Everyone Deserves Music: “We feature a different charity at each concert and collect donations, upwards of $750 per year. Our composers have ranged from professional musicians to local business people, teachers and even two homeless teens.”
Monterey History and Art Association
Year Founded: 1931
Staff: 6 paid, 10 volunteers
The Big Idea: The 1967 Monterey International Pop Festival was a precursor to Woodstock, a celebration of musical genres and personalities and the launching pad for youth-based social movements to follow. The MHAA seeks to capture that spirit in a media-driven exhibit that tells the story of the musicians, people, city and festival through film, music, poetry, photography and art. The Museum of Monterey will present an “experience” for the visitor and place them back in time to June 1967, at the festival, in the campgrounds, backstage and in the city of Monterey, where they can see rare footage, images of the performers and memorabilia and detritus of the weekend festival. Museum Director Lisa Coscino is partnering with A Perfect Haze authors Harvey and Kenneth Kubernick, Hippie Dictionary author John McCleary and others to produce this interactive festival incorporating concerts, lectures, youth storytelling, beat and slam poetry readings and backstage passes. But first, they need to find donors and corporate sponsors to make the colossal event happen.
Living History: “I was born in Monterey and developed a love of history, and especially California history, through the work of MHAA. Today, when I volunteer at the Merianda, I am thankful that an organization such as MHAA is there to protect our heritage.”
Monterey Jazz Festival
Year Founded: 1958
Staff: 9 paid, 439 volunteers
The Big Idea: The world’s longest continuously running jazz festival calls Monterey home. And if owning a Grammy-award winning record label, presenting veteran musicians alongside emerging artists, pumping more than $40 million into the local economy and hosting the Next Generation Jazz Festival wasn’t enough, in 2012, MJF wants to further diversify by engaging the under-30 crowd. One way it will do this is through its Digital Music Education Project, an interactive online music tool – the preferred method for the youngsters to access MJF’s current and future performances and educational programs. This project’s success means greater appreciation for jazz and, if we’re lucky, finding the next Charles Lloyd here in our own backyard.
School of Jazz: “I learned more here in two weeks than in a whole year of high school. I’m definitely going to come back next year.”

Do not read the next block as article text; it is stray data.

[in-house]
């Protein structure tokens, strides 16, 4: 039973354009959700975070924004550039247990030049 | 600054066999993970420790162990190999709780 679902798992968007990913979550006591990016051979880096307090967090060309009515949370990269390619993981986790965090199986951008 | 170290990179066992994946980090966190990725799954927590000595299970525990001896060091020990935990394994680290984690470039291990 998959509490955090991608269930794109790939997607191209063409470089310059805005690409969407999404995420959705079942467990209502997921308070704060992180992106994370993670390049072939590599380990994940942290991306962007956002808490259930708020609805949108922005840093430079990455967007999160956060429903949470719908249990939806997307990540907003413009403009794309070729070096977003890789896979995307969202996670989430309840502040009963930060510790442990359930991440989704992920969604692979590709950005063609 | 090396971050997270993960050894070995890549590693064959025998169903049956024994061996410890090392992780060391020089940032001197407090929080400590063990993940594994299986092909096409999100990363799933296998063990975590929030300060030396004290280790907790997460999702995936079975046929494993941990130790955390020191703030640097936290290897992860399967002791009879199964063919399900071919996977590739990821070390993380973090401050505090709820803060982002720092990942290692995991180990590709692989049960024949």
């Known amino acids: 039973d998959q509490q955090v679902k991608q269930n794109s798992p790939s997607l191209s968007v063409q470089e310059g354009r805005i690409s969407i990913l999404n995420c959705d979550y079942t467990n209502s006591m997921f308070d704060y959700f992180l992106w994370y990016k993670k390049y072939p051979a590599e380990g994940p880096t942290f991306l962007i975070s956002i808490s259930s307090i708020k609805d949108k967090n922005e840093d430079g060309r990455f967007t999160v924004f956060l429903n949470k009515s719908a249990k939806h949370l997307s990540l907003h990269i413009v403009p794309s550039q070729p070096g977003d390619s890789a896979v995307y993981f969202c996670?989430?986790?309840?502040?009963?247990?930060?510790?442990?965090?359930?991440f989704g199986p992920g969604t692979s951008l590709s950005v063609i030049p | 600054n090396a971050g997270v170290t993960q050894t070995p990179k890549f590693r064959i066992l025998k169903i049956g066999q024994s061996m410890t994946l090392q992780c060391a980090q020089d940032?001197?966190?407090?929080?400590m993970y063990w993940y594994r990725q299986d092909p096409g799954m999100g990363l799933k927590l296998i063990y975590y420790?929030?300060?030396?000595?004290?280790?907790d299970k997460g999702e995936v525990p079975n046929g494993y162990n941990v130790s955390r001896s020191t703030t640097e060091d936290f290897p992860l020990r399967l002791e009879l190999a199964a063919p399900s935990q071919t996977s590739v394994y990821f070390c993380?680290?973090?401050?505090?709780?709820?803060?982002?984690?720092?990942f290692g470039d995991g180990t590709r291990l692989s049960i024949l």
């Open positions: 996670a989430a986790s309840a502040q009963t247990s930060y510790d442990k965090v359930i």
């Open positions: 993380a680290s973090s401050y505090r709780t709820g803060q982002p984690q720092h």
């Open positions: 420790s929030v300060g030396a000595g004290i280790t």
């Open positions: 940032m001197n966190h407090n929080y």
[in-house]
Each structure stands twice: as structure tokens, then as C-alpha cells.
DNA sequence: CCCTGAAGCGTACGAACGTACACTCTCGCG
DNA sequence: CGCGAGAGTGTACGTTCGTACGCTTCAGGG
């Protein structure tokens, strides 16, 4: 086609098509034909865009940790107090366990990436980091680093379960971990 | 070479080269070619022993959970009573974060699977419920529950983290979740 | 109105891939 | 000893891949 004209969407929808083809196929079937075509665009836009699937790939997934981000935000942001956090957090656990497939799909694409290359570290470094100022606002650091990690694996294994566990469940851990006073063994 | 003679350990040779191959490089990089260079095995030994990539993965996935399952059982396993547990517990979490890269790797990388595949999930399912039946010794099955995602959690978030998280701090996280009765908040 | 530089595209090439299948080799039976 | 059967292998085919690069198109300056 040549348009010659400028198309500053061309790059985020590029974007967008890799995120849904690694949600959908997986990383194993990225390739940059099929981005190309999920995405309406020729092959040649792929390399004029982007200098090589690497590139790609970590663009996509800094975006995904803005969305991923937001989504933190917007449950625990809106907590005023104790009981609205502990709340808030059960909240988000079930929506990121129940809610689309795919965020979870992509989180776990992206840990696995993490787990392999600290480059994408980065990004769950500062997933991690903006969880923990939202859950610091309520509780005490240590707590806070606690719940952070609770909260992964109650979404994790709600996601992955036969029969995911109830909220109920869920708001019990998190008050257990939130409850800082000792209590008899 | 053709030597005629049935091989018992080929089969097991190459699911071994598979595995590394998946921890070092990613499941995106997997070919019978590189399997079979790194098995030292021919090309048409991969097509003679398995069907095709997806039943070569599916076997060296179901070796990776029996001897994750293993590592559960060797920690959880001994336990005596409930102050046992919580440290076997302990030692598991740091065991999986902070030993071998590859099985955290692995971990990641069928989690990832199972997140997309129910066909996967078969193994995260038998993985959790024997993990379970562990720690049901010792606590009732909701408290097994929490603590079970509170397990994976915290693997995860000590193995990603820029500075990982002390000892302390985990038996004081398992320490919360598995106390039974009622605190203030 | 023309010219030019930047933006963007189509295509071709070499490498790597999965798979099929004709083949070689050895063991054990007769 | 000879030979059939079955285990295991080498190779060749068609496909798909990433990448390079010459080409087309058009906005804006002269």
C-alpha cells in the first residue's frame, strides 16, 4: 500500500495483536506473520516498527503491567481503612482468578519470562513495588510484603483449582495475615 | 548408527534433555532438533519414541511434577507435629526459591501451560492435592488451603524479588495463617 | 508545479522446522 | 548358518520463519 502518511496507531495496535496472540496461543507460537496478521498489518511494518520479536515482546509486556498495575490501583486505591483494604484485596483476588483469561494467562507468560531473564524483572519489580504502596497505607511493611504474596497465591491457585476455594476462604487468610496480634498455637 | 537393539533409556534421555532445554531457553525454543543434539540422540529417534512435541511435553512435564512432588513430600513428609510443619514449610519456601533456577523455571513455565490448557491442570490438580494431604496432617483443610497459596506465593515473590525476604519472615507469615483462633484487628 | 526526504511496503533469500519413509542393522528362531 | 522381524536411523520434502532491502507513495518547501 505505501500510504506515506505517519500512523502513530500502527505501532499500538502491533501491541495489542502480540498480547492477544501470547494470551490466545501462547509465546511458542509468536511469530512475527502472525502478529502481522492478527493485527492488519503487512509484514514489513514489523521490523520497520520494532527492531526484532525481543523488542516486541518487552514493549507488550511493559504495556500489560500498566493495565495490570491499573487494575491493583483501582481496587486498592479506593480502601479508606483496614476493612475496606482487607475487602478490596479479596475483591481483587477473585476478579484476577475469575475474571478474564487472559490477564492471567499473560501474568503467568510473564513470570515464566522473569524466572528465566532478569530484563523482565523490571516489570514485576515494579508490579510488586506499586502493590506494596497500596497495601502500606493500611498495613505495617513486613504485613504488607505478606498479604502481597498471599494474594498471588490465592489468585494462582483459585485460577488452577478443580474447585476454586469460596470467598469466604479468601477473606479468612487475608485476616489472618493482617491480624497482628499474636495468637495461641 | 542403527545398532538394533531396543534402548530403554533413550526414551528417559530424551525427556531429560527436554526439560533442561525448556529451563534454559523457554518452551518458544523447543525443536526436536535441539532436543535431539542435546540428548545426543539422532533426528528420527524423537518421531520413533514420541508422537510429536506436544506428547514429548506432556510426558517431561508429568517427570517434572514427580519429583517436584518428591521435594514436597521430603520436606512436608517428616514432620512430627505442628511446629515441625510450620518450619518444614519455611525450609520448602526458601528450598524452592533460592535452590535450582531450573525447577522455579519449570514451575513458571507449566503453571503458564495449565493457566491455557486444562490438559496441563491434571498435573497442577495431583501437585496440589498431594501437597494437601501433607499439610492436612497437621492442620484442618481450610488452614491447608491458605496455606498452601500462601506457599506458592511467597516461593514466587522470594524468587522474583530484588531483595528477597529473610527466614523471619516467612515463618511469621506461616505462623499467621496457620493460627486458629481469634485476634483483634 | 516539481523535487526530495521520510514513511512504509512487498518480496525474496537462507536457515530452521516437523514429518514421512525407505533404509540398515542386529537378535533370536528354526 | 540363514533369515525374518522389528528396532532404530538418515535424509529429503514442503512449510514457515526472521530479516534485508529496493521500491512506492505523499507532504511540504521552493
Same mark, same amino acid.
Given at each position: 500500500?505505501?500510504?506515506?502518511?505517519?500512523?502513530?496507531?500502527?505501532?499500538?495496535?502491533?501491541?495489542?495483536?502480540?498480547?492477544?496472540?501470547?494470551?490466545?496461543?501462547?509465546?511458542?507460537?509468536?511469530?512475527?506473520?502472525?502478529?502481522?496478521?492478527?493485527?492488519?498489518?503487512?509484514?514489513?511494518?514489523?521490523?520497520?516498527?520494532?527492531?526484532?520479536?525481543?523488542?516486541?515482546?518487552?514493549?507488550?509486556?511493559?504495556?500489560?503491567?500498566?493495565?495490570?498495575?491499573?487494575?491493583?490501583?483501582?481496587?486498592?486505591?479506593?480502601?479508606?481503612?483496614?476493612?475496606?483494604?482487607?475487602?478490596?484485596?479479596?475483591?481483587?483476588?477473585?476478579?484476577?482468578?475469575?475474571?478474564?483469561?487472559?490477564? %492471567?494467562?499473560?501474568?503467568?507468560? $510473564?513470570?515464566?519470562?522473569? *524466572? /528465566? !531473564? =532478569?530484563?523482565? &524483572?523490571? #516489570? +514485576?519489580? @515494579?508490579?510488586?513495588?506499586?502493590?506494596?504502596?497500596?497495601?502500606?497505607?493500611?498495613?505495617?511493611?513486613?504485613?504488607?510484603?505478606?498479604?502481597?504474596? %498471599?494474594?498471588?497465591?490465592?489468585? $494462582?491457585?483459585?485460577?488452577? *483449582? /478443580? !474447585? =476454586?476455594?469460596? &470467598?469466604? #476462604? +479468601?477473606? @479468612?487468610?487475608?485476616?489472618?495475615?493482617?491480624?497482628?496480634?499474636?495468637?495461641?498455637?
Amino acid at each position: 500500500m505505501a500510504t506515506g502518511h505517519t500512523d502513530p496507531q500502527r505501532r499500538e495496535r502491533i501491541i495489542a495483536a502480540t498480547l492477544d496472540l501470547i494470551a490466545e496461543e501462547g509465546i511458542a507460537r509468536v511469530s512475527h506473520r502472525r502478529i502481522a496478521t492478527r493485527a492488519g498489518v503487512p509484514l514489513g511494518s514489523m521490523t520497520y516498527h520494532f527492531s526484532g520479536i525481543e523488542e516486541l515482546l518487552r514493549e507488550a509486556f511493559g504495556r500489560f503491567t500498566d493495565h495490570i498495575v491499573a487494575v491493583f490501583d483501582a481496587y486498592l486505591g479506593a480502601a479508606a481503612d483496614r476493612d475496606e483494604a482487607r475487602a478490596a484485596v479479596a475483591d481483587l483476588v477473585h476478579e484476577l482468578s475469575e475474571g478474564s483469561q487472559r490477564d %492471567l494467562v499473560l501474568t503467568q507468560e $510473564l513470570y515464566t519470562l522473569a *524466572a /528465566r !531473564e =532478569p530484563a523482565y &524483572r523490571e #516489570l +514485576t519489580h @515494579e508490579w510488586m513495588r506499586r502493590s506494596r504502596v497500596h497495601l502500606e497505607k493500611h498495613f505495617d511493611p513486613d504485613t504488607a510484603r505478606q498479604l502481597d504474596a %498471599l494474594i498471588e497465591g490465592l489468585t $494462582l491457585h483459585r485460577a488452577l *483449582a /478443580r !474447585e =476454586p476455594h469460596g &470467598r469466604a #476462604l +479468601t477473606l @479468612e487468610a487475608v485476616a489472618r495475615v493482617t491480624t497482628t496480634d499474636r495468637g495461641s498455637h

Monterey Museum of Art
Year Founded: 1959
Staff: 37 paid, 85 volunteers
The Big Idea: Kids develop positive attitudes toward visual arts and sciences during childhood and early adolescence, so with 77 middle schools and 10,764 third and fourth graders in Monterey County, the opportunity to turn youngsters on to both is huge. The Monterey Museum of Art’s – the only nationally accredited art museum between Santa Barbara and San Jose – Big Idea aims to reach these tens of thousands of kids through its Sustainable Arts Education Program, which consists of three parts: continued research and development of the school outreach program, including interdisciplinary curricula aligned with visual and performing arts standards; field trips – busing third and fourth graders – to the MMA and Pacific Grove Museum of Natural History with corresponding educational activities; and hiring an education coordinator to work with both museums and program schools.
Start ‘Em Early: “Our hope is that by visiting the museums and performing activities that correlate to their class work the students will develop a more positive perception of the visual arts, sciences and museums in general.”
Pacific Repertory Theatre
Year Founded: 1983
Staff: 8 paid, 125 volunteers
The Big Idea: PacRep’s School of Dramatic Arts (SoDA) has a new, permanent home – the Indoor Forest Theater – and this means it can now offer more classes and performance opportunities for young people and adults. SoDa previously offered about a half-dozen classes; these days the number has more than doubled and it includes weekend classes, too. Kids (by invitation only) can participate in a Christmas Glee production, inspired by the popular TV show; adults can hone their reading performance skills with Words on Stage; and performers of all ages can learn comedy improv, on-camera acting and screen play creation and how to do your own stage makeup. Not sure what to do with kids during vacation? Send ’em to a week-long intensive camp. In 2012, it wants to further expand the curriculum to take advantage of the new digs, adding more classes and workshops based on what both kids and adults want.